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#5 of 56 OFFLINE   Scott D S

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Posted May 27 2009 - 07:32 AM

Do these two (somewhat minor) issues still exist from the last DVD release? I read this on another forum when this disc was announced:

1. @38:09 - In the scene where the Russian ambassador is caught with the camera in the war room: after the line "That's a damn lie. I saw him with my own eyes." In the next line: "Mister >>[Amb...leman]<< this is outrageous. I have never heard of such behavior in the war room before!" there is an odd audio edit that sounds like the word "ambassador" has been replaced with part of the word "gentlemen."

2. @39:52 - There is a film source "skip" where some frames appear to repeat when Peter Sellars is seated on the couch folding the foil gum wrapper.

#6 of 56 OFFLINE   Brian Borst

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Posted May 27 2009 - 07:54 AM

Quote:
Originally Posted by Robert Harris
There is only one Dr. Strangelove, and it's a must own for anyone who even has an inkling that they love the cinema. Not to own this film can lead to the loss of one's cinephile license.

LOL is that a threat Posted Image ? Doesn't matter, though. I already planned to pick this up. Sony continues to take very good care of their back catalog, I must say. Along with Ghostbusters this should be a very satisfying release.
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#7 of 56 OFFLINE   MatS

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Posted May 27 2009 - 08:28 AM

great news but still gonna hold out for the price to drop

#8 of 56 OFFLINE   Geoff_D

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Posted May 27 2009 - 09:54 AM

The remastered DVD was an absolute joy to watch, and I'm glad to hear that the Blu does it even better. Thanks RAH.

#9 of 56 OFFLINE   Carlo Medina

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Posted May 27 2009 - 10:51 AM

Sold! Thanks for the thorough review, RAH!

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#10 of 56 OFFLINE   Robert Harris

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Posted May 27 2009 - 01:37 PM

Quote:
Originally Posted by Scott D S
Do these two (somewhat minor) issues still exist from the last DVD release? I read this on another forum when this disc was announced:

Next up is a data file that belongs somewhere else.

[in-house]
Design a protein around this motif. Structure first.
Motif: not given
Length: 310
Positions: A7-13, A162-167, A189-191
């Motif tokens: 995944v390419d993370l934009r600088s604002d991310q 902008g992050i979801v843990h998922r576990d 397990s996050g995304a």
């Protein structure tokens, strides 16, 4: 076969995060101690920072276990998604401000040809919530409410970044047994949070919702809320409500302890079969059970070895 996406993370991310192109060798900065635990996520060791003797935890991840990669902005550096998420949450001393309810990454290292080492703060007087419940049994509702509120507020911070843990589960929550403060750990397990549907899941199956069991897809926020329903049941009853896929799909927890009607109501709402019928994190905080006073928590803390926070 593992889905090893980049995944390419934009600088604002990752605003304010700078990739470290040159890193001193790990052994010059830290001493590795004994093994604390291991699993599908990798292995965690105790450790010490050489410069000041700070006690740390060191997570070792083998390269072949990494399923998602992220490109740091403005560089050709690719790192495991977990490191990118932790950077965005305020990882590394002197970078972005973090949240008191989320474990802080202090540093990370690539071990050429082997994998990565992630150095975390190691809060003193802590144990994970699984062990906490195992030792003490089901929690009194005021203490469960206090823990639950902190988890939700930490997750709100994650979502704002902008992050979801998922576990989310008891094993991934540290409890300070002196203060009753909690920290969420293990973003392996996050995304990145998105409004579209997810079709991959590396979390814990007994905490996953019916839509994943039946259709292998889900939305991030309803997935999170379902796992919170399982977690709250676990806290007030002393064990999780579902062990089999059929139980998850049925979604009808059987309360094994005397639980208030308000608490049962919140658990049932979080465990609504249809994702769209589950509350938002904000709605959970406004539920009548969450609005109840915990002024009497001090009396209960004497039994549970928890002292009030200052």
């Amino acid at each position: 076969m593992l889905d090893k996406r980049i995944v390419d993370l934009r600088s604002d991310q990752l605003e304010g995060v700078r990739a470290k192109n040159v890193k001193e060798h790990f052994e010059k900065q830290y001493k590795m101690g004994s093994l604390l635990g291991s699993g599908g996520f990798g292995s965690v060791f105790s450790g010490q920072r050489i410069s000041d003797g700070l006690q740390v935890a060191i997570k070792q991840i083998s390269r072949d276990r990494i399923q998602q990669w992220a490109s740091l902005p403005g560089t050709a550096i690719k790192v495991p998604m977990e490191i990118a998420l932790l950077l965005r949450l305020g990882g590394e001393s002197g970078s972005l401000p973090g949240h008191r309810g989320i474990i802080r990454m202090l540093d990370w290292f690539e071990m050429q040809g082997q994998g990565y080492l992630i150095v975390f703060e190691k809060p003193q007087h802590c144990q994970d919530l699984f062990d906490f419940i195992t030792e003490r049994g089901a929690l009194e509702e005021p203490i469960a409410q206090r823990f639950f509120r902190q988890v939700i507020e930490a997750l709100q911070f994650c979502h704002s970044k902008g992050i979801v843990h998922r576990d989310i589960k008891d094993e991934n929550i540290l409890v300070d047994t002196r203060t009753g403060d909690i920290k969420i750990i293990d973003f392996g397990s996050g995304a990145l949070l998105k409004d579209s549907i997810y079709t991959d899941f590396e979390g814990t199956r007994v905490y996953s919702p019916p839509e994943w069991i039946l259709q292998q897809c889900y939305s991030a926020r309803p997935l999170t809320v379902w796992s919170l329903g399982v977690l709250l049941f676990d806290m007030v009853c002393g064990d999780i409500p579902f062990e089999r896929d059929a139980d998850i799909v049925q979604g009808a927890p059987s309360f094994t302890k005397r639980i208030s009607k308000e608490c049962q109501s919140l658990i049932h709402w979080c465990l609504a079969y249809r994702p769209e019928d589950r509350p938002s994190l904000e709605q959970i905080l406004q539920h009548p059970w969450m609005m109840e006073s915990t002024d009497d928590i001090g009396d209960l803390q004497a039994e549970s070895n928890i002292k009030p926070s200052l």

1. @38:09 - In the scene where the Russian ambassador is caught with the camera in the war room: after the line "That's a damn lie. I saw him with my own eyes." In the next line: "Mister >>[Amb...leman]<< this is outrageous. I have never heard of such behavior in the war room before!" there is an odd audio edit that sounds like the word "ambassador" has been replaced with part of the word "gentlemen."

2. @39:52 - There is a film source "skip" where some frames appear to repeat when Peter Sellars is seated on the couch folding the foil gum wrapper.

There are three types of film restoration or "restorations."

1. A new print or cleaned negative hyped as a "restoration."

2. What I have coined "masturbatory" restoration. What could have been a lab order, plus a bit of extra detail work, that has the trappings of a true restoration, as well as publicity and sizzle behind it.

3. Film restorations that begin with proper research, and work from the ground up to literally re-build a film.

Dr. Strangelove is a perfect example of number 3. As such, these problems inherent in older video releases necessary to cover problems with elements, no longer exist.

Dr. Strangelove is film restoration done right.

RAH

"All men dream: but not equally. Those who dream by night in the dusty recesses of their minds wake in the day to find that it was vanity: but the dreamers of the day are dangerous men, for they may act their dreams with open eyes, to make it possible. This I did." T.E. Lawrence


#11 of 56 OFFLINE   PaulDA

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Posted May 27 2009 - 01:49 PM

While I've been quite happy with my SD copy (most recent release), this will be a double-dip for sure. I'll keep the other one (I use excerpts in class when we cover the Cold War) but for home viewing, only the best will do when it comes to the good Dr.Posted Image
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#12 of 56 OFFLINE   Patrick McCart

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Posted May 27 2009 - 04:09 PM

Great to hear this came out great! The '04 remaster is fantastic, so I'm eager to see it in 1080p form. I took advantage of Amazon's $22 sale price on pre-order. Not that it wouldn't be worth a $40 MSRP.